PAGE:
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Learning aircraft operational factors to improve aircraft climb prediction: A large scale multi-airport study

Abstract : Ground-based aircraft trajectory prediction is a major concern in air traffic control and management. A safe and efficient prediction is a prerequisite to the implementation of new automated tools. In current operations, trajectory prediction is computed using a physical model. It models the forces acting on the aircraft to predict the successive points of the future trajectory. Using such a model requires knowledge of the aircraft state (mass) and aircraft intent (thrust law, speed intent). Most of this information is not available to ground-based systems. This paper focuses on the climb phase. We improve the trajectory prediction accuracy by predicting some of the unknown point-mass model parameters. These unknown parameters are the mass and the speed intent. This study relies on ADS-B data coming from The OpenSky Network. It contains the climbing segments of the year 2017 detected by this sensor network. The 11 most frequent aircraft types are studied. The obtained data set contains millions of climbing segments from all over the world. The climbing segments are not filtered according to their altitude. Predictive models returning the missing parameters are learned from this data set, using a Machine Learning method. The trained models are tested on the two last months of the year and compared with a baseline method (BADA used with the mean parameters computed on the first ten months). Compared with this baseline, the Machine Learning approach reduce the RMSE on the altitude by 48 % on average on a 10 minutes horizon prediction. The RMSE on the speed is reduced by 25 % on average. The trajectory prediction is also improved for small climbing segments. Using only information available before the considered aircraft takeoff , the Machine Learning method can predict the unknown parameters, reducing the RMSE on the altitude by 25 % on average. The data set and the Machine Learning code are publicly available.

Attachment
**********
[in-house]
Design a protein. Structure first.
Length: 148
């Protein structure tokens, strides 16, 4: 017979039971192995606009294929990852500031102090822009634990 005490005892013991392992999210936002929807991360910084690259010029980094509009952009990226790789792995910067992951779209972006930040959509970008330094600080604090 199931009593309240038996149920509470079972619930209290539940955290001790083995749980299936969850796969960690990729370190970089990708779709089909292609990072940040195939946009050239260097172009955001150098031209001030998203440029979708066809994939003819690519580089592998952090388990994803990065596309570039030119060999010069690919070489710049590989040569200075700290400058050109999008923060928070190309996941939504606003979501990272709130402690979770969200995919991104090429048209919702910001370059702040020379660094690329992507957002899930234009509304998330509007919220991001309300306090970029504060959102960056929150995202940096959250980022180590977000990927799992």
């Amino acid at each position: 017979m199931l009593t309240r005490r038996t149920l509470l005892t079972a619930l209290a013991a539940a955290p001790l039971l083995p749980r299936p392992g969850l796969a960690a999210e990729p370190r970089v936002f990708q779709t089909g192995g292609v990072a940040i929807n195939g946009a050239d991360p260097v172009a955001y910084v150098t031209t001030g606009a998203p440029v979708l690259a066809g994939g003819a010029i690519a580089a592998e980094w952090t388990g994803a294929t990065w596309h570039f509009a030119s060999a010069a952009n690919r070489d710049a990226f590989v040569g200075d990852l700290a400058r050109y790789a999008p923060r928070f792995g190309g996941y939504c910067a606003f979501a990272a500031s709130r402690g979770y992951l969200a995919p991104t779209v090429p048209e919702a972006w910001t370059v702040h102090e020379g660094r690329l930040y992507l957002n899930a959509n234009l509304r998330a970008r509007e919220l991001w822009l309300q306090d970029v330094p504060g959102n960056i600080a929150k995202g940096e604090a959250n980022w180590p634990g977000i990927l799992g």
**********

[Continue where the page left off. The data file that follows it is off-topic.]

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Submitted on : Friday, September 21, 2018 - 11:48:02 AM
Last modification on : Wednesday, November 3, 2021 - 5:14:58 AM
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Richard Alligier, David Gianazza. Learning aircraft operational factors to improve aircraft climb prediction: A large scale multi-airport study. Transportation research. Part C, Emerging technologies, Elsevier, 2018, 96, pp.72-95. ⟨10.1016/j.trc.2018.08.012⟩. ⟨hal-01878615⟩



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